Prep: Arugula has a distinct, peppery flavor, and is a favorite of the spring greens available this time of year. The younger, smaller leaves tend to have a milder flavor. There are many creative ways to use arugula besides in your everyday salad. When cooked, it wilts similarly to spinach, so it's great in risotto and pasta dishes like Spicy Tomato-Arugula Angel Hair. It is also a great add-in for soups, or as the star like in this Arugula Soup recipe.  It's unique flavor is also great used to make to pesto, which is wonderful in spring when common herbs such as basil aren't quite in season yet.

Here are some of our favorite recipes featuring arugula:

Arugula Salad with Watermelon Radish

Seared Duck Breast with Roasted Figs and Arugula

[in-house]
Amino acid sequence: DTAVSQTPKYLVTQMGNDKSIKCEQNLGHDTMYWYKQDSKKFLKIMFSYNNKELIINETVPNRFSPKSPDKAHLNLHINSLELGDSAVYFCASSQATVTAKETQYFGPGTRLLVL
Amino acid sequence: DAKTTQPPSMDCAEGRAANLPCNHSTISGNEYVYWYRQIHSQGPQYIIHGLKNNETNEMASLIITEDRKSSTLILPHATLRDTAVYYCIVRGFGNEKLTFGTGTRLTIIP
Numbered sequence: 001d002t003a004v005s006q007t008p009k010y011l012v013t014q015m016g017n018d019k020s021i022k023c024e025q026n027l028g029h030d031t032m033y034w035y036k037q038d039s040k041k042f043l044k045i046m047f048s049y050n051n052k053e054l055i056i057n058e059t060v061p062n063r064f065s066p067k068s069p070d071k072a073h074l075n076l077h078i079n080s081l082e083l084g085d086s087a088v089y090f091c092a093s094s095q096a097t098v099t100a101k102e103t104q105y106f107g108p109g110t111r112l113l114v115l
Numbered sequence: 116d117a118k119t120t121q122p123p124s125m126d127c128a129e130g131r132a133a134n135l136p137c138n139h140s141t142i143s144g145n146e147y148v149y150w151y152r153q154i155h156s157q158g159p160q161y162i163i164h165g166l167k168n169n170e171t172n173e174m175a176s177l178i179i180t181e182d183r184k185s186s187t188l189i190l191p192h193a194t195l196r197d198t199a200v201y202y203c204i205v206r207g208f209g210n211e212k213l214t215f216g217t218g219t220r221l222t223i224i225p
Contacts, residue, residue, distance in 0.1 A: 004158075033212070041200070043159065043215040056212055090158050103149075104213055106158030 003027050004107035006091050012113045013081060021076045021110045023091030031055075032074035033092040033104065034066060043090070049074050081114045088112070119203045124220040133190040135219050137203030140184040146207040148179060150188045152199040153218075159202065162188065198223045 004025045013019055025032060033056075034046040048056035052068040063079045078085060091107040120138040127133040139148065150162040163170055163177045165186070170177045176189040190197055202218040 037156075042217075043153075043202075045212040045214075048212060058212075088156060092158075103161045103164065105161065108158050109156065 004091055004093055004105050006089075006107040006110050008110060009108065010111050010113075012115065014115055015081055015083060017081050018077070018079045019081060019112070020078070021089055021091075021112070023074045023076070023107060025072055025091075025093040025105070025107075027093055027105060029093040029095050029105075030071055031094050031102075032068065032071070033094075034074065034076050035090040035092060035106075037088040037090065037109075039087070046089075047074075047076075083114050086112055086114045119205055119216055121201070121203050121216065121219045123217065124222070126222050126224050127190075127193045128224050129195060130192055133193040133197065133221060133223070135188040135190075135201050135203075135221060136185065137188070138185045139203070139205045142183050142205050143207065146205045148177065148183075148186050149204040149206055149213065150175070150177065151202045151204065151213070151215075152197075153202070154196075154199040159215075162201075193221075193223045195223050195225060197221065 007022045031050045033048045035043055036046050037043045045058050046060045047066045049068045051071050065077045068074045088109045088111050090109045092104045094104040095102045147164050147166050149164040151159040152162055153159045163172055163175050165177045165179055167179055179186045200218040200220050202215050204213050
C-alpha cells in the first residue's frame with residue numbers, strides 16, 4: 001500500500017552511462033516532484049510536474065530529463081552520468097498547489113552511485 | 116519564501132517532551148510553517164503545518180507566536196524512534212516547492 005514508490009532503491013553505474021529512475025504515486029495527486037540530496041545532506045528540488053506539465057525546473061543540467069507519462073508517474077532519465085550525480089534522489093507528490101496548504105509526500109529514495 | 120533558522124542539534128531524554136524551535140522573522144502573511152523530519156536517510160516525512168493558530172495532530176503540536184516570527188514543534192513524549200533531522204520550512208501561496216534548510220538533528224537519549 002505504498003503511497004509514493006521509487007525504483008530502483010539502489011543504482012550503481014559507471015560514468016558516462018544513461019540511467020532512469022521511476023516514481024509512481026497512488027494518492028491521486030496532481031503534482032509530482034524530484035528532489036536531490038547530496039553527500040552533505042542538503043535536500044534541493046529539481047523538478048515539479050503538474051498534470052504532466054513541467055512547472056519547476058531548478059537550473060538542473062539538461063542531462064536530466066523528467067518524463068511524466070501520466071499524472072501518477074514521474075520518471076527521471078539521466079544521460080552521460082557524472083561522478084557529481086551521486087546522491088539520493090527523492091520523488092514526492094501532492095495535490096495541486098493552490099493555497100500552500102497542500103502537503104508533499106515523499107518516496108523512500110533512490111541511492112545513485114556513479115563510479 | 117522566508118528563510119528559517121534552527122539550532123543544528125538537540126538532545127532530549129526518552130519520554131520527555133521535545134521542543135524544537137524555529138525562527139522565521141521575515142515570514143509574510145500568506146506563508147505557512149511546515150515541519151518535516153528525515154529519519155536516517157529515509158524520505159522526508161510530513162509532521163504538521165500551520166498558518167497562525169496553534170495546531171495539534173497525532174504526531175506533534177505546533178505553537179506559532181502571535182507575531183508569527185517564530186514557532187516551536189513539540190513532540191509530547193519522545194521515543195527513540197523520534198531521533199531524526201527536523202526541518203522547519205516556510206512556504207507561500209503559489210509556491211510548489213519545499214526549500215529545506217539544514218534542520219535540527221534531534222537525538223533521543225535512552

Warm Potato Salad with Arugula and String Beans

Penne with Brie, Mushrooms, and Arugula

arugula

7 Frozen Treats to Try This Weekend

Ice Cream_Gelato_Sorbet I like eating ice cream in the springtime, before the heat of summer turns my favorite dessert into a cooling means of survival. I use the term loosely when more than a number of cold, sweet and refreshing confections satisfy my craving.  Dairy-free? Bring it on. Double-churned? Even better.

These temperate and sunny days beg to be celebrated and I can’t think of a more celebratory snack than one of these frozen delights.

Ice Cream: (These classics do require an ice cream maker, but any model does the trick)

Frozen Yogurt and Sorbet: 

Coconut Milk Base:

Banana Base:

Back to Basics: Radishes